Cryptominers still dominate the malware charts
The latest Global Threat Index from Check Point shows that at the end of last year cryptominers still took the top three places in the malware charts, despite an overall drop in value across all cryptocurrencies in 2018.
Coinhive retained its number one position for the 13th month in a row, impacting 12 percent of organizations worldwide. XMRig was the second most prevalent malware with a global reach of eight percent, closely followed by the JSEcoin miner in third with a global impact of seven percent.
The report also shows banking Trojans rising up the index, with Ramnit, a banking Trojan that steals login credentials and other sensitive data, returning to the top 10 this month in eighth place.
"December's report saw SmokeLoader appearing in the top 10 for the first time," Maya Horowitz, threat intelligence and research group manager at Check Point says. "Its sudden surge in prevalence reinforces the growing trend towards damaging, multi-purpose malware in the Global Threat Index, with the top 10 divided equally between cryptominers and malware that uses multiple methods to distribute numerous threats. The diversity of the malware in the Index means that it is critical that enterprises employ a multi-layered cybersecurity strategy that protects against both established malware families and brand new threats."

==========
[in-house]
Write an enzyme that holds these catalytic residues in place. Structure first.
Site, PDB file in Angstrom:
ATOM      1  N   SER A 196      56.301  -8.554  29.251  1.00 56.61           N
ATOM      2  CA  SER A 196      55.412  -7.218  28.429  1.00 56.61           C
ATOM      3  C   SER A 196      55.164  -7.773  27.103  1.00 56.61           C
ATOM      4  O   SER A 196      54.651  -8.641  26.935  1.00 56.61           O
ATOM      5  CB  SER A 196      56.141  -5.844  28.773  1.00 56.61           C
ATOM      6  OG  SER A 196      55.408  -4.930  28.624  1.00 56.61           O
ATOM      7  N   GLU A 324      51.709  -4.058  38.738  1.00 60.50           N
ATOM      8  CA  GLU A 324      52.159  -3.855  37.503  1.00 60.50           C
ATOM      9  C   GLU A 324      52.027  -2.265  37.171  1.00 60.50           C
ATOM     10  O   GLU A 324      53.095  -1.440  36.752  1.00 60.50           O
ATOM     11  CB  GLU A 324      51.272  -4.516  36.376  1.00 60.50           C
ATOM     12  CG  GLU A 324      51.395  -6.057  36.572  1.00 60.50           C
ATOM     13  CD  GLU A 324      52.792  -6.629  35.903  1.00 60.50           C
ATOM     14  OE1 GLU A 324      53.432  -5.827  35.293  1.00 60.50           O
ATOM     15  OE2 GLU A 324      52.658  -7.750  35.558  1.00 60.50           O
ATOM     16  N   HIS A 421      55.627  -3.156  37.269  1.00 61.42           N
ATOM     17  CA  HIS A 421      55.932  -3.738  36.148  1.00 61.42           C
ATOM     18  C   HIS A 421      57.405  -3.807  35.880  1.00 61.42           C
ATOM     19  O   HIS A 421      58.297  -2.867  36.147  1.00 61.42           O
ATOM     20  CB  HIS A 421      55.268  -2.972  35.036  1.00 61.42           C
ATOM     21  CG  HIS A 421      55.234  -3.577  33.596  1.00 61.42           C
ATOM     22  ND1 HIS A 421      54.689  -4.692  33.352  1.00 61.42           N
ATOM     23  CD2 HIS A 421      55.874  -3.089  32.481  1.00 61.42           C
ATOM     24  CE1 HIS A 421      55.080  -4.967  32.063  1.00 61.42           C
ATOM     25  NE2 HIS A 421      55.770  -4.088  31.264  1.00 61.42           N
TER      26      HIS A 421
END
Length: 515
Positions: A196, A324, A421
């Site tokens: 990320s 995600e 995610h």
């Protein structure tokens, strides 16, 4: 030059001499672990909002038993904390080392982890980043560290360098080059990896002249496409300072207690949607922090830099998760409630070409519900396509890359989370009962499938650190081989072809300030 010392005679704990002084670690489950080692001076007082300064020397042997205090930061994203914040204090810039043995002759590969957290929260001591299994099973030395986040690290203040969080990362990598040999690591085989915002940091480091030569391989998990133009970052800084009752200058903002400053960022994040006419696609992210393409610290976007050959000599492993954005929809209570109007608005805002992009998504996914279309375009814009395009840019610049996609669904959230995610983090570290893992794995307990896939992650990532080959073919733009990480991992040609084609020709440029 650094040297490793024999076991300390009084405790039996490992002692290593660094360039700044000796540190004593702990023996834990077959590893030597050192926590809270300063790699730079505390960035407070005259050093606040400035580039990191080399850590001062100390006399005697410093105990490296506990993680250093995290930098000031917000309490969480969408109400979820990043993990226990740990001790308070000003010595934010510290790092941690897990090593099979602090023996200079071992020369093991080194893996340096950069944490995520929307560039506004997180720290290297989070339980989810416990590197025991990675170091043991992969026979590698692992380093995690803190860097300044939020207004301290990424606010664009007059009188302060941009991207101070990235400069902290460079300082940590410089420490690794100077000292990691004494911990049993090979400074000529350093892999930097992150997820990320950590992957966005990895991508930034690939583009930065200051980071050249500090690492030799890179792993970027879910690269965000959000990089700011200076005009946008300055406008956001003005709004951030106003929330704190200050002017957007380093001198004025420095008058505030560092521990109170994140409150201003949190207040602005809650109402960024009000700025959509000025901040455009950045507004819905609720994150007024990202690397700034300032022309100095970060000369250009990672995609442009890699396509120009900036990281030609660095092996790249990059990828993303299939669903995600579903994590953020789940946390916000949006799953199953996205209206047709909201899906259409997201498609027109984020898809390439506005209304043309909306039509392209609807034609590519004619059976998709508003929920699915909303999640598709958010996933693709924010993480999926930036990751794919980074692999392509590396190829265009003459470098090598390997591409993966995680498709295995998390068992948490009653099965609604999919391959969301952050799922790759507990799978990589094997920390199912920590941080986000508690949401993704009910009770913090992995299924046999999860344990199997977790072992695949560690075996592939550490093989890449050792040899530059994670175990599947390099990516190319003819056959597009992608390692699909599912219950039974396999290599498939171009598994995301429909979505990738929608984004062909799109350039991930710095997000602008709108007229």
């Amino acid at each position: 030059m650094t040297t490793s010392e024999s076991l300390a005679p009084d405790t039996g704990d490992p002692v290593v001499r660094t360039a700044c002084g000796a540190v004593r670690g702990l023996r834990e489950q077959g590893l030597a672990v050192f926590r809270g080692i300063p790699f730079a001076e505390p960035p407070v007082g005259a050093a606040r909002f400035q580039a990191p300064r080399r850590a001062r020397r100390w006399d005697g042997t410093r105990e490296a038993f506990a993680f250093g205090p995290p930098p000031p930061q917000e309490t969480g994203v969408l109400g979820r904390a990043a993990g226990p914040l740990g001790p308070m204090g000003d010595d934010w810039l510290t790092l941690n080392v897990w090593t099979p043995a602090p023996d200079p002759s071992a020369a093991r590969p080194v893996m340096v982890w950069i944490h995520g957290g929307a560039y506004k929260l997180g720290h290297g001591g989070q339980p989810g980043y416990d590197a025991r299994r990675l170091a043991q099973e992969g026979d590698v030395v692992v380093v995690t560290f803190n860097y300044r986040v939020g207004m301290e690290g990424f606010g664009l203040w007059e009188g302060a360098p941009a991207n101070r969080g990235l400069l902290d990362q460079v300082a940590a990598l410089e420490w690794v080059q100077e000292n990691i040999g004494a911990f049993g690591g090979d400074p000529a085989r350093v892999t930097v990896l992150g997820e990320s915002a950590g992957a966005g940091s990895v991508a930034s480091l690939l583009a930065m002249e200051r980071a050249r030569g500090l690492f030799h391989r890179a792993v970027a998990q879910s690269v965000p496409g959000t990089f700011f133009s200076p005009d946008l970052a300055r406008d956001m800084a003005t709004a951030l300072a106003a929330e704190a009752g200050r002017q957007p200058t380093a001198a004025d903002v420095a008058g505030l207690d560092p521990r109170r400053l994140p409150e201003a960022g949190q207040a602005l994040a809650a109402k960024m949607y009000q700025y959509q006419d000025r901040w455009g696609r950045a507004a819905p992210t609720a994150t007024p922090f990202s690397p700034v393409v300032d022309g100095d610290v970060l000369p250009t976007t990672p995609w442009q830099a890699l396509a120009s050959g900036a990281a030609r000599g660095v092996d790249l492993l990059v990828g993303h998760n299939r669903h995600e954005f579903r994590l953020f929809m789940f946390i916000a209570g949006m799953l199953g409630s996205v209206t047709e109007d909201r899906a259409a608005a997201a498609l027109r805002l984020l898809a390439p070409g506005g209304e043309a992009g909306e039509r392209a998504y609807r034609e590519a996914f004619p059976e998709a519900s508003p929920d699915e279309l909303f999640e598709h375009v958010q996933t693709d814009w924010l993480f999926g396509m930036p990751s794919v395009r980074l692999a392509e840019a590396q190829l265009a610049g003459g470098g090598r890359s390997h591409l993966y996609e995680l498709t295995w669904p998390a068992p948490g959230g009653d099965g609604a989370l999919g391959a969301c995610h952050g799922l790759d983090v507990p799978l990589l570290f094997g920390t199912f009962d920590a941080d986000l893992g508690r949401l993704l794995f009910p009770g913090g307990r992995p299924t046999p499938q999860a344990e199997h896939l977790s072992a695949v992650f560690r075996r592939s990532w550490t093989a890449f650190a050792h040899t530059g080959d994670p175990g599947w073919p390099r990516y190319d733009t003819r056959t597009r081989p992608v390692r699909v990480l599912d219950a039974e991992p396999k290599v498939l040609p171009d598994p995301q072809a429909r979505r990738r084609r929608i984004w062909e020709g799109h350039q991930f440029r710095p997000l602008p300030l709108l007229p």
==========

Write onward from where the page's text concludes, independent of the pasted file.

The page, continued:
In the mobile space Triada, the modular backdoor for Android, has retained first place in the malware list. Guerilla has climbed to second place, replacing Hiddad. Meanwhile, Lotoor has replaced Android banking Trojan and info-stealer Lokibot in third place.
Check Point researchers also analyzed the most exploited cyber vulnerabilities. Holding on to first place here is CVE-2017-7269, whose global impact also rose slightly to 49 percent, compared to 47 percent in November. In second place is OpenSSL TLS DTLS Heartbeat Information Disclosure, with a global impact of 42 percent, closely followed by PHPMyAdmin Misconfiguration Code Injection with an impact of 41 percent.
You can read more about the findings on the Check Point blog.
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